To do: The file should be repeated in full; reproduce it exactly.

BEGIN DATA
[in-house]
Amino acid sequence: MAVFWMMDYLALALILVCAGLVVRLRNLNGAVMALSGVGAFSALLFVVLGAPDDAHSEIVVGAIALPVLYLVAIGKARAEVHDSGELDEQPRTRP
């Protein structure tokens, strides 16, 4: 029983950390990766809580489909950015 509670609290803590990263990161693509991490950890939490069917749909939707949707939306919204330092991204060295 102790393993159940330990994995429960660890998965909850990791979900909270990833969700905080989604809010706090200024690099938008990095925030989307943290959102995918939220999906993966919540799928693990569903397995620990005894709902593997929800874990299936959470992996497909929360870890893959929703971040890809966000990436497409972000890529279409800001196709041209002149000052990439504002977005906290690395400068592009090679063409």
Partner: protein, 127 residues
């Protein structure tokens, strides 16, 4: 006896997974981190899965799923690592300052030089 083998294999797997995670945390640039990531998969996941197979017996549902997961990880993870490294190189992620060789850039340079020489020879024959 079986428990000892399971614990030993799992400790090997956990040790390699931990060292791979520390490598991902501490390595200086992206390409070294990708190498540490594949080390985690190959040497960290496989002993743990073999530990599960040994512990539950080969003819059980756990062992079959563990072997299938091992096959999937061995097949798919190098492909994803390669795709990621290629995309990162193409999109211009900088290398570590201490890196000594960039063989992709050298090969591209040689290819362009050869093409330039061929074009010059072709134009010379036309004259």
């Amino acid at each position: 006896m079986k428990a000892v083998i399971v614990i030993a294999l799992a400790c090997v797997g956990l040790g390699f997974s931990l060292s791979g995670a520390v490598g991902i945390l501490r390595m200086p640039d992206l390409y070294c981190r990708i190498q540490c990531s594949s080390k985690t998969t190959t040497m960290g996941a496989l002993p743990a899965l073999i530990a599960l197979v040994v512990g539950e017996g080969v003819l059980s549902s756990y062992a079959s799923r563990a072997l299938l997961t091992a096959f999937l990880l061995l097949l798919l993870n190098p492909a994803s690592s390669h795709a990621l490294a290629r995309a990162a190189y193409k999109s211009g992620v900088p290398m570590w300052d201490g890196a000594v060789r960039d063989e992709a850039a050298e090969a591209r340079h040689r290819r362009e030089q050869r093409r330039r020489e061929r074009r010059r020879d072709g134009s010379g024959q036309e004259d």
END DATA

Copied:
[in-house]
Amino acid sequence: MAVFWMMDYLALALILVCAGLVVRLRNLNGAVMALSGVGAFSALLFVVLGAPDDAHSEIVVGAIALPVLYLVAIGKARAEVHDSGELDEQPRTRP
């Protein structure tokens, strides 16, 4: 029983950390990766809580489909950015 509670609290803590990263990161693509991490950890939490069917749909939707949707939306919204330092991204060295 102790393993159940330990994995429960660890998965909850990791979900909270990833969700905080989604809010706090200024690099938008990095925030989307943290959102995918939220999906993966919540799928693990569903397995620990005894709902593997929800874990299936959470992996497909929360870890893959929703971040890809966000990436497409972000890529279409800001196709041209002149000052990439504002977005906290690395400068592009090679063409």
Partner: protein, 127 residues
């Protein structure tokens, strides 16, 4: 006896997974981190899965799923690592300052030089 083998294999797997995670945390640039990531998969996941197979017996549902997961990880993870490294190189992620060789850039340079020489020879024959 079986428990000892399971614990030993799992400790090997956990040790390699931990060292791979520390490598991902501490390595200086992206390409070294990708190498540490594949080390985690190959040497960290496989002993743990073999530990599960040994512990539950080969003819059980756990062992079959563990072997299938091992096959999937061995097949798919190098492909994803390669795709990621290629995309990162193409999109211009900088290398570590201490890196000594960039063989992709050298090969591209040689290819362009050869093409330039061929074009010059072709134009010379036309004259």
């Amino acid at each position: 006896m079986k428990a000892v083998i399971v614990i030993a294999l799992a400790c090997v797997g956990l040790g390699f997974s931990l060292s791979g995670a520390v490598g991902i945390l501490r390595m200086p640039d992206l390409y070294c981190r990708i190498q540490c990531s594949s080390k985690t998969t190959t040497m960290g996941a496989l002993p743990a899965l073999i530990a599960l197979v040994v512990g539950e017996g080969v003819l059980s549902s756990y062992a079959s799923r563990a072997l299938l997961t091992a096959f999937l990880l061995l097949l798919l993870n190098p492909a994803s690592s390669h795709a990621l490294a290629r995309a990162a190189y193409k999109s211009g992620v900088p290398m570590w300052d201490g890196a000594v060789r960039d063989e992709a850039a050298e090969a591209r340079h040689r290819r362009e030089q050869r093409r330039r020489e061929r074009r010059r020879d072709g134009s010379g024959q036309e004259d």